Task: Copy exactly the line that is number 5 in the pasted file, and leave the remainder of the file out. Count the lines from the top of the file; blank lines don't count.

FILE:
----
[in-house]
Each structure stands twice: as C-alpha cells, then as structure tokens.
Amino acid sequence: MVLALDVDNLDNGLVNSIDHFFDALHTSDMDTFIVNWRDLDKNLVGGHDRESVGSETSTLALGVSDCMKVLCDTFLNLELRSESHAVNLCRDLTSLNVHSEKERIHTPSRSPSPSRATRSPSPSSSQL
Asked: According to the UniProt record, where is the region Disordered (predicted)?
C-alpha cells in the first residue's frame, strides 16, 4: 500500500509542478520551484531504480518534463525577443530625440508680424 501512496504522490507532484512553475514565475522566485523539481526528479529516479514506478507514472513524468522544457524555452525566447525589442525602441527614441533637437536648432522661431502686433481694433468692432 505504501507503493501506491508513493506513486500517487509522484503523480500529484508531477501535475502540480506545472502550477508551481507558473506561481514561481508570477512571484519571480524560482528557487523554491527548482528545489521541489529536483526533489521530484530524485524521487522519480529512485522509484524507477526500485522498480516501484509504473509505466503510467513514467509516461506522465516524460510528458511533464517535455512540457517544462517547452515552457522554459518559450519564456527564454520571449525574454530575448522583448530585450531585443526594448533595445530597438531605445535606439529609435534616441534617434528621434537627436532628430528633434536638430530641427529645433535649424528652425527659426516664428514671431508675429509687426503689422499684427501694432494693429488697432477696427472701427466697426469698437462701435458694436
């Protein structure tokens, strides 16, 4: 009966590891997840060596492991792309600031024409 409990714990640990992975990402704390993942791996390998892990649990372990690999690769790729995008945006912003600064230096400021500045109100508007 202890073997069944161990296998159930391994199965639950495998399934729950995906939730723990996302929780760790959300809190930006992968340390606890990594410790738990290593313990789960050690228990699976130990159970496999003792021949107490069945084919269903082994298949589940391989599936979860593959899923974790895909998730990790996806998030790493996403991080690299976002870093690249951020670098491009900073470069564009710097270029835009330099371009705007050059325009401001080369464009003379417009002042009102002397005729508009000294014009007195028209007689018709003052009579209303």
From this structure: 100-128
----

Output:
C-alpha cells in the first residue's frame, strides 16, 4: 500500500509542478520551484531504480518534463525577443530625440508680424 501512496504522490507532484512553475514565475522566485523539481526528479529516479514506478507514472513524468522544457524555452525566447525589442525602441527614441533637437536648432522661431502686433481694433468692432 505504501507503493501506491508513493506513486500517487509522484503523480500529484508531477501535475502540480506545472502550477508551481507558473506561481514561481508570477512571484519571480524560482528557487523554491527548482528545489521541489529536483526533489521530484530524485524521487522519480529512485522509484524507477526500485522498480516501484509504473509505466503510467513514467509516461506522465516524460510528458511533464517535455512540457517544462517547452515552457522554459518559450519564456527564454520571449525574454530575448522583448530585450531585443526594448533595445530597438531605445535606439529609435534616441534617434528621434537627436532628430528633434536638430530641427529645433535649424528652425527659426516664428514671431508675429509687426503689422499684427501694432494693429488697432477696427472701427466697426469698437462701435458694436